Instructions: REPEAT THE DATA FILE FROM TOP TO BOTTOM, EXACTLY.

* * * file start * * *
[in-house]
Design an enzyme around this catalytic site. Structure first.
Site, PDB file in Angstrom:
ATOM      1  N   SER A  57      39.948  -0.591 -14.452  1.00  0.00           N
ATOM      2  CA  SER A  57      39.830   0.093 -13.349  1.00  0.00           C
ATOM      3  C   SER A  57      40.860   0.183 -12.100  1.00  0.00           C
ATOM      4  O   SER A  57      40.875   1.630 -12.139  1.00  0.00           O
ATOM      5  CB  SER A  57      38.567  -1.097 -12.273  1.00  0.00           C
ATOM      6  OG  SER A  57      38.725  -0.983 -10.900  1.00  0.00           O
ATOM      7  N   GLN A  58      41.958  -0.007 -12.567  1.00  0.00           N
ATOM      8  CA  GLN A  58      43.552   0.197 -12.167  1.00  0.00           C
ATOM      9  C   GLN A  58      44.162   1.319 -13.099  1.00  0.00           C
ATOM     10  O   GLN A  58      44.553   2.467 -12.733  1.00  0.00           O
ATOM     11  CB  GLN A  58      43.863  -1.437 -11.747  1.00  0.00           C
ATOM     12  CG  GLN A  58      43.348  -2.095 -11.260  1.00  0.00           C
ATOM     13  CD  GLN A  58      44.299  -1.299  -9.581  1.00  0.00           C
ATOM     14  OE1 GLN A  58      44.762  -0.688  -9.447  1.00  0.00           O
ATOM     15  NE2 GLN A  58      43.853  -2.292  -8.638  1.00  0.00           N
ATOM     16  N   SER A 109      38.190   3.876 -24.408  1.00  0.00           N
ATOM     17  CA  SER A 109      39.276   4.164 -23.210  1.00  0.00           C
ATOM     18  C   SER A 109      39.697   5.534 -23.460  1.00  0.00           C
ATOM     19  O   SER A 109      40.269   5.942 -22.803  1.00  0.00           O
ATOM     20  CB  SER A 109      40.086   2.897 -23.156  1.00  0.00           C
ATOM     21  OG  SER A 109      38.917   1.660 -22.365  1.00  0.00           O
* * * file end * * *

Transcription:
[in-house]
Design an enzyme around this catalytic site. Structure first.
Site, PDB file in Angstrom:
ATOM      1  N   SER A  57      39.948  -0.591 -14.452  1.00  0.00           N
ATOM      2  CA  SER A  57      39.830   0.093 -13.349  1.00  0.00           C
ATOM      3  C   SER A  57      40.860   0.183 -12.100  1.00  0.00           C
ATOM      4  O   SER A  57      40.875   1.630 -12.139  1.00  0.00           O
ATOM      5  CB  SER A  57      38.567  -1.097 -12.273  1.00  0.00           C
ATOM      6  OG  SER A  57      38.725  -0.983 -10.900  1.00  0.00           O
ATOM      7  N   GLN A  58      41.958  -0.007 -12.567  1.00  0.00           N
ATOM      8  CA  GLN A  58      43.552   0.197 -12.167  1.00  0.00           C
ATOM      9  C   GLN A  58      44.162   1.319 -13.099  1.00  0.00           C
ATOM     10  O   GLN A  58      44.553   2.467 -12.733  1.00  0.00           O
ATOM     11  CB  GLN A  58      43.863  -1.437 -11.747  1.00  0.00           C
ATOM     12  CG  GLN A  58      43.348  -2.095 -11.260  1.00  0.00           C
ATOM     13  CD  GLN A  58      44.299  -1.299  -9.581  1.00  0.00           C
ATOM     14  OE1 GLN A  58      44.762  -0.688  -9.447  1.00  0.00           O
ATOM     15  NE2 GLN A  58      43.853  -2.292  -8.638  1.00  0.00           N
ATOM     16  N   SER A 109      38.190   3.876 -24.408  1.00  0.00           N
ATOM     17  CA  SER A 109      39.276   4.164 -23.210  1.00  0.00           C
ATOM     18  C   SER A 109      39.697   5.534 -23.460  1.00  0.00           C
ATOM     19  O   SER A 109      40.269   5.942 -22.803  1.00  0.00           O
ATOM     20  CB  SER A 109      40.086   2.897 -23.156  1.00  0.00           C
ATOM     21  OG  SER A 109      38.917   1.660 -22.365  1.00  0.00           O